anyone got a pic of LS430 on staggered 20" MRR wheels? - Page 2 - ClubLexus - Lexus Forum Discussion


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anyone got a pic of LS430 on staggered 20" MRR wheels?

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Old 05-03-07, 08:18 PM   #16
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That kickback had nothing to do with your offset because the variance was way too small to have such negative impacts. That kick back must have been due to improper mounting, poor balance, or just the wrong spec wheels for the car.

Maybe the first wheels had spacers and the second didnt, I dont know.
If the stock wheels have an offset of 43mm, then that (34mm) is a variance of 9mm, or almost a full centimeter. While this may not seem like much, Lexuses (and most cars today) are finely tuned automobiles with tight tolerances and precision-designed suspension geometries where the wheel specs (which includes the offset) are an integral part of the entire suspension system. The LS430 is incredibly smooth because of the design of the entire suspension system; slightly altering the geometry of certain suspension components (including the wheels) can make a drastic difference, even if its only a "minimal" change.

I wish it didn't make that big of a difference, then the options for custom wheels would be huge (as they often appear to the uninformed wheel shopper); as long as the wheels look good, don't rub anywhere and bolt right on, then they would "fit". Just isn't like that though.
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Old 05-03-07, 09:03 PM   #17
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If the stock wheels have an offset of 43mm, then that (34mm) is a variance of 9mm, or almost a full centimeter. While this may not seem like much, Lexuses (and most cars today) are finely tuned automobiles with tight tolerances and precision-designed suspension geometries where the wheel specs (which includes the offset) are an integral part of the entire suspension system. The LS430 is incredibly smooth because of the design of the entire suspension system; slightly altering the geometry of certain suspension components (including the wheels) can make a drastic difference, even if its only a "minimal" change.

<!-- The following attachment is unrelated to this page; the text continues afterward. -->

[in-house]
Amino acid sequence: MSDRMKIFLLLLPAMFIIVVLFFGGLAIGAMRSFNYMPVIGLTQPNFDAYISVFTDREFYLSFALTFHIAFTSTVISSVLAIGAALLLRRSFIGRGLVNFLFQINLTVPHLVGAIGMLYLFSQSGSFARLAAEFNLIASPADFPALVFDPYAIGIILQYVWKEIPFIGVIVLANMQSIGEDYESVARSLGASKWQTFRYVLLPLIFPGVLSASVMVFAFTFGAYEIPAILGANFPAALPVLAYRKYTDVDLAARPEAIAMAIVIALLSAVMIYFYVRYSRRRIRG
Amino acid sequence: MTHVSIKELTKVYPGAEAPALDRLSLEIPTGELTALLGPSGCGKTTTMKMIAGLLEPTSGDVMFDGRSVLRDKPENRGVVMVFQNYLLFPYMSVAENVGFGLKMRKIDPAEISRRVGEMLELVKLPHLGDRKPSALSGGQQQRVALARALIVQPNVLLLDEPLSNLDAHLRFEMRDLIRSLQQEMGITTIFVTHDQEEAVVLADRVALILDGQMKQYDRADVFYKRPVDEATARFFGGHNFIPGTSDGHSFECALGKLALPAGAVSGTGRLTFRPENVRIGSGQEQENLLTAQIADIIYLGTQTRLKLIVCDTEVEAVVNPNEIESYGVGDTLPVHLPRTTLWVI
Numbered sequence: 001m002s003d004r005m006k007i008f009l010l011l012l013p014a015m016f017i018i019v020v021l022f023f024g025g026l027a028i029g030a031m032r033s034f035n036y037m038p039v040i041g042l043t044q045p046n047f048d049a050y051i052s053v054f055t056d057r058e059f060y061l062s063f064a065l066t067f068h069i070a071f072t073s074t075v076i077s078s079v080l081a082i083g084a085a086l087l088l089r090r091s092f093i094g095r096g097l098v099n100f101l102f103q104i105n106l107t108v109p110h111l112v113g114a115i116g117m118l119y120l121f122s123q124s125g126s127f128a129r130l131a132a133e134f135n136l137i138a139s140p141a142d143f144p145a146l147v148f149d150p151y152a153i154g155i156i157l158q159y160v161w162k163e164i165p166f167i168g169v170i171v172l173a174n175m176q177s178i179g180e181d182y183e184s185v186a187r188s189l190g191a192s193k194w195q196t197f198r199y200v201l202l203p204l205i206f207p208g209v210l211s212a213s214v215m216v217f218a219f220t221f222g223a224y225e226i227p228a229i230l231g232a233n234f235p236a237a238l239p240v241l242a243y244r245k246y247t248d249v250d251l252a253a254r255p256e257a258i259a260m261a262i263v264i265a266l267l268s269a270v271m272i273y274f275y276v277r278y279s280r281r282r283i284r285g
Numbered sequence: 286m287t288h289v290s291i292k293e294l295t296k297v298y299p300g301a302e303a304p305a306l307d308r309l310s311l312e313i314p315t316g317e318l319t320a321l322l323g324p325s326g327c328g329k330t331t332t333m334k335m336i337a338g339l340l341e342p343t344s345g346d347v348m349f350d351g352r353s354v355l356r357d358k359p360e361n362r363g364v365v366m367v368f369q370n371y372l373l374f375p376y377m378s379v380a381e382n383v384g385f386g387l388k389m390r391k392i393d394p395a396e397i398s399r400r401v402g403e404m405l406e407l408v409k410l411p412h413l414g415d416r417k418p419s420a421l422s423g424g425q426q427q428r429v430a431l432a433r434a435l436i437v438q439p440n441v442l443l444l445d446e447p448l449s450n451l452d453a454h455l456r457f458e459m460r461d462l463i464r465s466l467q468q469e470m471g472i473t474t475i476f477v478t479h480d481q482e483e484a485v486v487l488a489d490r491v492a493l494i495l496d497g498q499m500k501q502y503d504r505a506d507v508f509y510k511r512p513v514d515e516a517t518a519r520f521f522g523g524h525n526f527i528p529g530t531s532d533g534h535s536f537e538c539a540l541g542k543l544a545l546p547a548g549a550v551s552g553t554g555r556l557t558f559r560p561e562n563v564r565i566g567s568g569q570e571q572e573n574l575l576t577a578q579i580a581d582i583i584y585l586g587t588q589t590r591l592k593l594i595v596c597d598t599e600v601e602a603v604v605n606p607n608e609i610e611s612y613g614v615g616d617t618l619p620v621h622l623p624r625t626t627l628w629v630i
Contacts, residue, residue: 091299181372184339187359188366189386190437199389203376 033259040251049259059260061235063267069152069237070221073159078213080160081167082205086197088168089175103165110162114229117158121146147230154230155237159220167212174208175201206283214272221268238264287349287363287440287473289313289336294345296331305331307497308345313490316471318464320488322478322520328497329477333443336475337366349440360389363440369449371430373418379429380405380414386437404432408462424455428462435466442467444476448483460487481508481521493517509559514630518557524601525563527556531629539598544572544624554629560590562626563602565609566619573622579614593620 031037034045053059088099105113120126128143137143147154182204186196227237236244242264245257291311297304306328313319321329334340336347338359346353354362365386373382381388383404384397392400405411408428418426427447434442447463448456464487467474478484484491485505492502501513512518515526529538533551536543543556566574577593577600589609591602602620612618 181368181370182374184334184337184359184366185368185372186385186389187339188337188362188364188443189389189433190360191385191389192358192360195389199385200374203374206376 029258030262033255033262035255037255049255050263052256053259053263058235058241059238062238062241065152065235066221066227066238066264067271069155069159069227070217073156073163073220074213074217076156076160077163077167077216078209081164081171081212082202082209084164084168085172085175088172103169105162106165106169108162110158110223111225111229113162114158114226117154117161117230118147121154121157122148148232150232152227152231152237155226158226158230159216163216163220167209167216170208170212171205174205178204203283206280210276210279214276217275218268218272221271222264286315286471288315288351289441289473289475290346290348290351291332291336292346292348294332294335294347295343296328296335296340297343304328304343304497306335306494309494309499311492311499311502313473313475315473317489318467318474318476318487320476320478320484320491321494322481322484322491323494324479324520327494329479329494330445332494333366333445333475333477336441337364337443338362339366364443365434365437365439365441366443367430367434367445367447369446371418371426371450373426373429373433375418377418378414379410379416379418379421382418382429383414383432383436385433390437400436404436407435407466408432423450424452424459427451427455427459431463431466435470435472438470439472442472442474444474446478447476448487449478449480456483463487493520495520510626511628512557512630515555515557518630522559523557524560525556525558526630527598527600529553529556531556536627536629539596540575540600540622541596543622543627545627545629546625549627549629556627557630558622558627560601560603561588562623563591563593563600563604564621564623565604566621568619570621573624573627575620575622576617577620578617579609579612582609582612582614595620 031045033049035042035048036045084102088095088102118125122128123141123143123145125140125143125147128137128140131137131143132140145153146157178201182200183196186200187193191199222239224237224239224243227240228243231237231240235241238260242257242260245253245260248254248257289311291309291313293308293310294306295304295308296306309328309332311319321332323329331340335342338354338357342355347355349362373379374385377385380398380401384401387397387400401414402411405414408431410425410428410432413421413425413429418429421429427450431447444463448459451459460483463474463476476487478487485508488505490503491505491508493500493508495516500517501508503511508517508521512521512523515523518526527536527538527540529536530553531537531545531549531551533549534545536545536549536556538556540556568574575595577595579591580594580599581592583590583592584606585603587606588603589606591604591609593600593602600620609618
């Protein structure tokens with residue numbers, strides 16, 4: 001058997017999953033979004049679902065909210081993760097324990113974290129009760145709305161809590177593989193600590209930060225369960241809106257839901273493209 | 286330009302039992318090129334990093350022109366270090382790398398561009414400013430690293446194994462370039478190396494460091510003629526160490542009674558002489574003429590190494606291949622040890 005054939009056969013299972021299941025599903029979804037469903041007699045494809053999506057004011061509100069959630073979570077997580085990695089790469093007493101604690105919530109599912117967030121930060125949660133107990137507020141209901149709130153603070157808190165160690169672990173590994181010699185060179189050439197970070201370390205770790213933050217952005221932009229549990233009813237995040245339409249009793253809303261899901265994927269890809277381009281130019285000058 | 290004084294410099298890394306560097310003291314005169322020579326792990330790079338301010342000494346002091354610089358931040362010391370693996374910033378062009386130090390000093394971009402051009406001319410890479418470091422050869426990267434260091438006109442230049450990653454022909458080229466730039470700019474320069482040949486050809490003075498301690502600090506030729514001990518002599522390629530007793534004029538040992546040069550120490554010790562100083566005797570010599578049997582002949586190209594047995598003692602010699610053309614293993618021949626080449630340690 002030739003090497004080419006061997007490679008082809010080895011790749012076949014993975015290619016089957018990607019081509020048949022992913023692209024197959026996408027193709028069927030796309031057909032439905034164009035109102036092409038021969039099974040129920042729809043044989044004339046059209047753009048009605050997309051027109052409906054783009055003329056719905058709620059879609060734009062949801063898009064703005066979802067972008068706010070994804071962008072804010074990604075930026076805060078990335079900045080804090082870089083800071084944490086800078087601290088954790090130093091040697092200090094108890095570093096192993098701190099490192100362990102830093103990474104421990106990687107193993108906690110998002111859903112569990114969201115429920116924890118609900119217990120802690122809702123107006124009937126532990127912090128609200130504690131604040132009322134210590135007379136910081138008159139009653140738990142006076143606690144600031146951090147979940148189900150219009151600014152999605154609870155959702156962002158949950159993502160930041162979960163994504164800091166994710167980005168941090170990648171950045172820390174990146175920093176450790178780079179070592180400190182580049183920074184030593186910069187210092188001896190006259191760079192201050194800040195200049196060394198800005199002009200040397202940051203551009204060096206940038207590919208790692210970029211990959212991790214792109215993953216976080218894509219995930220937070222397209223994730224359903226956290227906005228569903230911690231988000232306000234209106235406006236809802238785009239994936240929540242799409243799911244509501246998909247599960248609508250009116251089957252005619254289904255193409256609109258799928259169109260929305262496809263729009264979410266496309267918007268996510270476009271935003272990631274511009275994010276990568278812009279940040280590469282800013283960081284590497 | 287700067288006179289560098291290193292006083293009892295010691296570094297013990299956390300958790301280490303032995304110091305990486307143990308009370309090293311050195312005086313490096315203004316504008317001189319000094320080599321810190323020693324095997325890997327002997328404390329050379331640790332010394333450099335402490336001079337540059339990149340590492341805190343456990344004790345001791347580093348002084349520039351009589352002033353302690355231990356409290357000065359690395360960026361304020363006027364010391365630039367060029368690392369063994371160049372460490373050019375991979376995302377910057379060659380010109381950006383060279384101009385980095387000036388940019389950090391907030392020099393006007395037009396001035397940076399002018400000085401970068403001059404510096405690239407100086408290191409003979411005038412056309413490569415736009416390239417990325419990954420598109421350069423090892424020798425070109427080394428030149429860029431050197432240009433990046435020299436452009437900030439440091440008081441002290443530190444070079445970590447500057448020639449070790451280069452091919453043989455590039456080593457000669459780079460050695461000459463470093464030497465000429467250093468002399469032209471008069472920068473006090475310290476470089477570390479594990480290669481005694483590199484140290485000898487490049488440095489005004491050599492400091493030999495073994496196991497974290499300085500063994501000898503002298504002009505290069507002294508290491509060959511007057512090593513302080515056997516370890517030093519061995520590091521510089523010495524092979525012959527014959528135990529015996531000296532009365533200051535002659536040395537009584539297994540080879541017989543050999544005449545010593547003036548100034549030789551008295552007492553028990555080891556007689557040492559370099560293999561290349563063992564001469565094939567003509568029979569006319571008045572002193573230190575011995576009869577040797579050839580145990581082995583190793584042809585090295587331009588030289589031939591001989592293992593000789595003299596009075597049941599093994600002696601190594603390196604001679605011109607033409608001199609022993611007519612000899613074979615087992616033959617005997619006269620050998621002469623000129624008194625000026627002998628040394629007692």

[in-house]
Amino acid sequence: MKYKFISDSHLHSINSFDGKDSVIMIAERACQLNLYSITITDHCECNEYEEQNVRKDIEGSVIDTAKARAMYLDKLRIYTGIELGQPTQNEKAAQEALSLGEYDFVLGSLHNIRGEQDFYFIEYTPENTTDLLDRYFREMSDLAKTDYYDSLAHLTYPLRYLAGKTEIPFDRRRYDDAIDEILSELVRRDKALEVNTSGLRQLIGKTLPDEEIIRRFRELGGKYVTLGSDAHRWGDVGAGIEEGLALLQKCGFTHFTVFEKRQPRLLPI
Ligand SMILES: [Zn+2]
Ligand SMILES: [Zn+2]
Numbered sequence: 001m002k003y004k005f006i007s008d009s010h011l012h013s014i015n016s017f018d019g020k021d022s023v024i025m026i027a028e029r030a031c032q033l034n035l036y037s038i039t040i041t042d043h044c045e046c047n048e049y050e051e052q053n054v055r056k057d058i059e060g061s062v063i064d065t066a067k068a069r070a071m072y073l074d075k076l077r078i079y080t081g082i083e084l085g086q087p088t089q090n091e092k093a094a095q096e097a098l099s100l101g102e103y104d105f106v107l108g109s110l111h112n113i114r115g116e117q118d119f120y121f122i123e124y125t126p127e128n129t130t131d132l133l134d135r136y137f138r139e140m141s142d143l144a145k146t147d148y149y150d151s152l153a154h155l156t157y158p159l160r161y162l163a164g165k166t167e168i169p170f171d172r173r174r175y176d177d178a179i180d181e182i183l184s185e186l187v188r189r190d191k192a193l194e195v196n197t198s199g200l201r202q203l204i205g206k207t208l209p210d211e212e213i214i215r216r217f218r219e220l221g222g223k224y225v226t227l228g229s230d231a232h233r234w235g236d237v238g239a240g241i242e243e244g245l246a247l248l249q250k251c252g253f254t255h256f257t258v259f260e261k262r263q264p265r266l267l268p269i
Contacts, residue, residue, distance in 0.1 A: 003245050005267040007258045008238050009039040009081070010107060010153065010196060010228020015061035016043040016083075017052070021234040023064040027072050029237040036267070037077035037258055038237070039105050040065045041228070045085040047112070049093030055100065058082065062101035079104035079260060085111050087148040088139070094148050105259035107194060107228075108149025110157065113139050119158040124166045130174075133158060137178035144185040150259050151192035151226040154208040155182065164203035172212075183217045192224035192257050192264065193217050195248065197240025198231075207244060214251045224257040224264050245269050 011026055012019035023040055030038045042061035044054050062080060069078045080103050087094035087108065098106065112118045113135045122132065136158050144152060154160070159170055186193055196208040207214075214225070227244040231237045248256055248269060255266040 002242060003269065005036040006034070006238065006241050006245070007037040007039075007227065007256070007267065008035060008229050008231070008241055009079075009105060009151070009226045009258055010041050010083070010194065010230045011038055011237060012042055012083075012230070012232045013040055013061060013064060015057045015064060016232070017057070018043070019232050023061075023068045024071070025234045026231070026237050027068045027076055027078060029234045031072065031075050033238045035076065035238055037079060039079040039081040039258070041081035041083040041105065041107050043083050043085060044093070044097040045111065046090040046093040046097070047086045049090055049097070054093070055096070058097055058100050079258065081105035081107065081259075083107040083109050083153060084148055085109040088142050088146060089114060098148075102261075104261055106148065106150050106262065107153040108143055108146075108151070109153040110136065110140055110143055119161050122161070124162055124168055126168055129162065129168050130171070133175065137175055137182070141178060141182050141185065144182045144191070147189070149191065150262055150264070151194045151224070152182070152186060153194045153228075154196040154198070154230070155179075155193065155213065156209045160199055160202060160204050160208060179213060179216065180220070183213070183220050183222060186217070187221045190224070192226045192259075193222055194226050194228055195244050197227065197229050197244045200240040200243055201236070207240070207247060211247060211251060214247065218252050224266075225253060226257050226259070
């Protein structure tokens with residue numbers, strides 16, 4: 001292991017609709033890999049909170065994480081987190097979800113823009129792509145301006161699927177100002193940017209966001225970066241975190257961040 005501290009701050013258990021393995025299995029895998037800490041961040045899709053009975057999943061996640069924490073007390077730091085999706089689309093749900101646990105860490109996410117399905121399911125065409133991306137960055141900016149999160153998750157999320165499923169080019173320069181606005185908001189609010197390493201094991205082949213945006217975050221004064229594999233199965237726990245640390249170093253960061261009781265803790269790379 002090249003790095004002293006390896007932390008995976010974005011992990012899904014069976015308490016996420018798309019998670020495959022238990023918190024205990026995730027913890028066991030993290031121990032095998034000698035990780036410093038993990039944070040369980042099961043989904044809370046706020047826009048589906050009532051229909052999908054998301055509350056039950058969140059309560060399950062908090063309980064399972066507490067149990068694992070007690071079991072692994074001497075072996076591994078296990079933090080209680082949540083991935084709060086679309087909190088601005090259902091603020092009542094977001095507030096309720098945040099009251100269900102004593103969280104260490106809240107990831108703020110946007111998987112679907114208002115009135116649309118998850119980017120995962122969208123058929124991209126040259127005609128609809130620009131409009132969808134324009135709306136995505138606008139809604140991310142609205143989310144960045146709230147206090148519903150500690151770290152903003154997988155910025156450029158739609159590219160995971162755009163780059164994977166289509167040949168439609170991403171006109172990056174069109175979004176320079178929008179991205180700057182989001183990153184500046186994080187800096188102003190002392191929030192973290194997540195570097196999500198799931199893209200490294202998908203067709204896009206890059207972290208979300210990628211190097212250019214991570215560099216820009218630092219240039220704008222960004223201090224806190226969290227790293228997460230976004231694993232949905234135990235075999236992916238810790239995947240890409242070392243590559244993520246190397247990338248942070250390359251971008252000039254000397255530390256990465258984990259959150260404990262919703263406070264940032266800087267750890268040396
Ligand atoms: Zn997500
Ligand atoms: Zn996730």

I wish it didn't make that big of a difference, then the options for custom wheels would be huge (as they often appear to the uninformed wheel shopper); as long as the wheels look good, don't rub anywhere and bolt right on, then they would "fit". Just isn't like that though.

That is not what he said

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anybody else report steering kickback, and if so at what offset? I had it on a set of wheels with 34 offset, but not noticeable with 38 offset. You guys with 35, any kickback?
So with that small of a variance that would not be cause of the kickback, I have personally done setups more aggressive than that and had no kickback issues. As I said before the offset on alot of these wheels is not the problem, its the other specs and the use of spacers and such that cause kickback. Also the stock offset and the offset of a aftermarket are not directly comparable since the wheels are not the same width
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Old 05-03-07, 09:46 PM   #18
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That is not what he said